At the University of Rhode Island, the one-of-a-kind, internationally known Inner Space Center’s production control room is translating science directly from the field into relatable, real-time stories.
The center links scientists on sea-faring research vessels with other scientists, the media, and schools using telepresence, the ability to interact with what’s going on in one place while you’re somewhere else.
The brainchild of URI professor of Oceanography and legendary ocean explorer Robert Ballard, the Inner Space Center is directed by marine research scientist Dwight Coleman. Coleman and his team are the multi-talented, multi-tasking core crew of the center’s production control room.
The production control room is the heart of the operation, turning all the incoming and outgoing feeds into seamless broadcasts. “Live production is like a puzzle,” says producer Andrea Gingras ’01. “I try to put the pieces together before we even start so that when we say, ‘That’s a wrap,’ the audience sees the full picture.”
In October 2019, the Center used ship-to-shore telepresence in a pilot project funded by the National Science Foundation. The production control room crew connected scientists on the R/V Laurence M. Gould in the Western Antarctic with classrooms around the country, giving students an opportunity to interact in real time with scientists conducting critical research.
Does this sound as easy as livestream? It’s not. It takes a lot of equipment and a multitasking crew with technical know-how, science background, creative leanings, and communication skills, such as knowing how people listen and learn, and knowing how to effectively and authentically translate science into relatable stories.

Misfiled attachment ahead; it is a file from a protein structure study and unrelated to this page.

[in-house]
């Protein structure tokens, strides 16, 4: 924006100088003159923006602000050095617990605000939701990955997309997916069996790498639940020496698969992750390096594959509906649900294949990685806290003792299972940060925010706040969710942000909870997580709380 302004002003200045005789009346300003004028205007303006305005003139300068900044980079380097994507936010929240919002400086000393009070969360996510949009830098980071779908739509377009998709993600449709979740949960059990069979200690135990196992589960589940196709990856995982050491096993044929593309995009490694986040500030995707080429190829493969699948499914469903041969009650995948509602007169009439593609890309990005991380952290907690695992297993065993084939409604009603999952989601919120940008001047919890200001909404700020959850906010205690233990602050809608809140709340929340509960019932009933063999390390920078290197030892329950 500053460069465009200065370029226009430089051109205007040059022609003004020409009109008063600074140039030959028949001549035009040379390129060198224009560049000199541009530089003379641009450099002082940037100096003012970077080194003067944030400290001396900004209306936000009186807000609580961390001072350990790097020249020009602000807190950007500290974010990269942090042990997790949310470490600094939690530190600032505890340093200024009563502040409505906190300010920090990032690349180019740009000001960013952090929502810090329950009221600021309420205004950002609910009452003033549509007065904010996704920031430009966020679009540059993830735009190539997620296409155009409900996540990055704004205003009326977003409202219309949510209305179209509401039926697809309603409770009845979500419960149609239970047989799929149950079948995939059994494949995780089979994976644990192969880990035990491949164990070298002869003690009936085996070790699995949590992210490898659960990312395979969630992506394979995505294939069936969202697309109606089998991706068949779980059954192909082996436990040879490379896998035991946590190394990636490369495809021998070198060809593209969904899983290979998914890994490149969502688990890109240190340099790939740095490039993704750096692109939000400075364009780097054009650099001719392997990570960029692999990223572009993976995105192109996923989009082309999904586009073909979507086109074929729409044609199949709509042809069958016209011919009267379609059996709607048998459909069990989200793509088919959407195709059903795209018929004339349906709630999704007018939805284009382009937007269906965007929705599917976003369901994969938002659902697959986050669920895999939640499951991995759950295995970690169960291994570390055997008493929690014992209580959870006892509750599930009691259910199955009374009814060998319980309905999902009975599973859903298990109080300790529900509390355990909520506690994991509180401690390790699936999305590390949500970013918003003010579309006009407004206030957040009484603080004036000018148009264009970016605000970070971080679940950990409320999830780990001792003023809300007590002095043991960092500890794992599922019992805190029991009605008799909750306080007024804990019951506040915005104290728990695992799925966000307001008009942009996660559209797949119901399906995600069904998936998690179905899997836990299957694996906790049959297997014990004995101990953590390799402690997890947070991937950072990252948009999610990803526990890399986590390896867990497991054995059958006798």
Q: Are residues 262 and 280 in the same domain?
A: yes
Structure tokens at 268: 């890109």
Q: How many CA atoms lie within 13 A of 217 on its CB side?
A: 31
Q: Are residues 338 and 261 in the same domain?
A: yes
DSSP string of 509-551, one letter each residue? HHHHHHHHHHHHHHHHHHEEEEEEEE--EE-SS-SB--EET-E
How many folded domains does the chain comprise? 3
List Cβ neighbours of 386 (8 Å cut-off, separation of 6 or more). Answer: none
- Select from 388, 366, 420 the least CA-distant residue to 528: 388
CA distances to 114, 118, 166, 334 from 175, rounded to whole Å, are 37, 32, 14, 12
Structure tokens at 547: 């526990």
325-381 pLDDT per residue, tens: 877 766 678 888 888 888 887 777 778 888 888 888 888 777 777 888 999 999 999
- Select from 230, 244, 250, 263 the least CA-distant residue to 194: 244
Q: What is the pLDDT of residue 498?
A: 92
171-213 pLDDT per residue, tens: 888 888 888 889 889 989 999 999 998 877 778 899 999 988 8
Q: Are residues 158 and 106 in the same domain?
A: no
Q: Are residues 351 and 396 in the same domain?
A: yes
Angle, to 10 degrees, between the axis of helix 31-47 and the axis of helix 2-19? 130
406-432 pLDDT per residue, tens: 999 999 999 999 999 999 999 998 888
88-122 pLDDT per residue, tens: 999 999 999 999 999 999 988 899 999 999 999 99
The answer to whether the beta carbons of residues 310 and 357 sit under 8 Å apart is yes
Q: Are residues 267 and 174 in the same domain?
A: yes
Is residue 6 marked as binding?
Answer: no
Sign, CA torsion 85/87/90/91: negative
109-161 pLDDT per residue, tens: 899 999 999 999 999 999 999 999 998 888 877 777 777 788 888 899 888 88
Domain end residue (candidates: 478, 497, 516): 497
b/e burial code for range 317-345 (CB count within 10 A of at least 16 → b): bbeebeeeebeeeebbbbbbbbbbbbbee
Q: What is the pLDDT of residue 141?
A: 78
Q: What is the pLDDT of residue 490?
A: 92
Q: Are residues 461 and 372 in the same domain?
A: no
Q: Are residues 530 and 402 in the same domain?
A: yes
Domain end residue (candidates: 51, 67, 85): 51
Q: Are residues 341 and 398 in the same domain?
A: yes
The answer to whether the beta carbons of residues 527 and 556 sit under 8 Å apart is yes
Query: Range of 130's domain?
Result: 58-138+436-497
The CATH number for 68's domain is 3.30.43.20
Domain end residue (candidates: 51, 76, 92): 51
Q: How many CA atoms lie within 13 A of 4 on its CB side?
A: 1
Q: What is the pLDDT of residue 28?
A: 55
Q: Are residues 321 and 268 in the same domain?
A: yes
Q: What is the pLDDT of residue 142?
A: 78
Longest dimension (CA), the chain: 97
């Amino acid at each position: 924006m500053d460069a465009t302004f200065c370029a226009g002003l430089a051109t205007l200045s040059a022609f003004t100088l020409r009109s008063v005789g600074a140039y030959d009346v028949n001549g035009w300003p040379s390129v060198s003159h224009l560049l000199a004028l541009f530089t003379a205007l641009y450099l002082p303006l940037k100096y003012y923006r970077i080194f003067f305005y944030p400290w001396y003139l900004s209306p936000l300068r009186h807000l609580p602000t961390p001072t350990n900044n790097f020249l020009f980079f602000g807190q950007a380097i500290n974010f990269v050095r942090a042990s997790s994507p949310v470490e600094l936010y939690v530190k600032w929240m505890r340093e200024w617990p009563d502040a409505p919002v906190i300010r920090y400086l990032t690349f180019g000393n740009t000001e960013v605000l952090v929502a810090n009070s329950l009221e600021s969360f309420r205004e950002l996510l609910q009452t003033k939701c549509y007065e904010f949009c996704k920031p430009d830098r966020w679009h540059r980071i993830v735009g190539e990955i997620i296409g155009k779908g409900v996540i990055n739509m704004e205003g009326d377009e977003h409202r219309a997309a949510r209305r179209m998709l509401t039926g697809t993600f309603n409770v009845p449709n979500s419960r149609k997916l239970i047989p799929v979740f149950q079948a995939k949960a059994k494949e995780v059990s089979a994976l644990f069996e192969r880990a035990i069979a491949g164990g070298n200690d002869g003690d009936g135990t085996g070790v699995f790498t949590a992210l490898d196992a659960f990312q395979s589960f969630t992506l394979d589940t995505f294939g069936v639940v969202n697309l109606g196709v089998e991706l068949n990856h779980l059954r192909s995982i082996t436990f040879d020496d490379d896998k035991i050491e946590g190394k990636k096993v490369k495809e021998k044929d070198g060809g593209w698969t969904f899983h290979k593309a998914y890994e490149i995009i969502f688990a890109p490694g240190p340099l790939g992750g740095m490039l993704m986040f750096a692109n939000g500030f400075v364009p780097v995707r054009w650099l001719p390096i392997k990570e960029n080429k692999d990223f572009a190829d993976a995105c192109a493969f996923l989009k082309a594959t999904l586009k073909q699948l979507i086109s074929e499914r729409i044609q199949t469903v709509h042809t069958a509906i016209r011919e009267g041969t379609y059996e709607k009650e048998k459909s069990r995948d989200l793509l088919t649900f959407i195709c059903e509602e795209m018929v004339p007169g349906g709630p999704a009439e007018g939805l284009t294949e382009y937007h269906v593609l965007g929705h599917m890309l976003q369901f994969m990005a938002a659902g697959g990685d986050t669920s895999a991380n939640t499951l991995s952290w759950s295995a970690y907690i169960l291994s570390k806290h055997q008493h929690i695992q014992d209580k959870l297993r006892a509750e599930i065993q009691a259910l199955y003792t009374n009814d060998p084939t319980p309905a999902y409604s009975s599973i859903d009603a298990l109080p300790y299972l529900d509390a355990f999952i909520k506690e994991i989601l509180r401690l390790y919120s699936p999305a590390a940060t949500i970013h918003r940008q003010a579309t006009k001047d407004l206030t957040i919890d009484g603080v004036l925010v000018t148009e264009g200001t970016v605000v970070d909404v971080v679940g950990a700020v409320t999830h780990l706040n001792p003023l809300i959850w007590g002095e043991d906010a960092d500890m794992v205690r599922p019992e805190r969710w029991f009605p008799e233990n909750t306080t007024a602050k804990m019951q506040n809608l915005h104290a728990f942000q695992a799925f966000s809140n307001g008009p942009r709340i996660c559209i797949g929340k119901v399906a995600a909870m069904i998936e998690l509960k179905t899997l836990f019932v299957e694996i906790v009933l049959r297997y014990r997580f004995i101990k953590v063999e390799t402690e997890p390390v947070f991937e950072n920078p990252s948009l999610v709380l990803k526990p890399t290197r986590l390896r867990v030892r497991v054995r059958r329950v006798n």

Remote Science Within Reach
In July of 2019, an international team of scientists studied the rapidly changing Arctic Ocean aboard the Swedish icebreaker, Oden. The ISC shared the expedition, moving deftly between researchers, audiences, and pre-produced video segments. The crew had to be ready to keep the broadcast going, even if the extreme Arctic environment disrupted their satellite signal with the research team.
Production control room staff direct broadcasts, quickly shifting from one site to another, injecting expert commentary, ancillary video, and more. They’re a little like a crew that broadcasts a football game or any other live, multi-camera event staffed by dozens. But they do it with a small, rotating crew of five-to-eight people. To date, the production control room team has collected 10 years’ worth of video. Its library includes ocean content, both deep-sea and topside in the field.
The book, Creativity, Inc.: Overcoming the Unseen Forces that Stand in the Way of True Inspiration, by Ed Catmull, president of Pixar and Disney Animation, is a model the team uses to inspire their workplace culture. They strive to cultivate a creative vibe and root out hidden forces that can cramp their creativity and problem-solving.
“Our success is tied to how well we can creatively think of solutions to problems,” says Alex DeCiccio ’10, production director.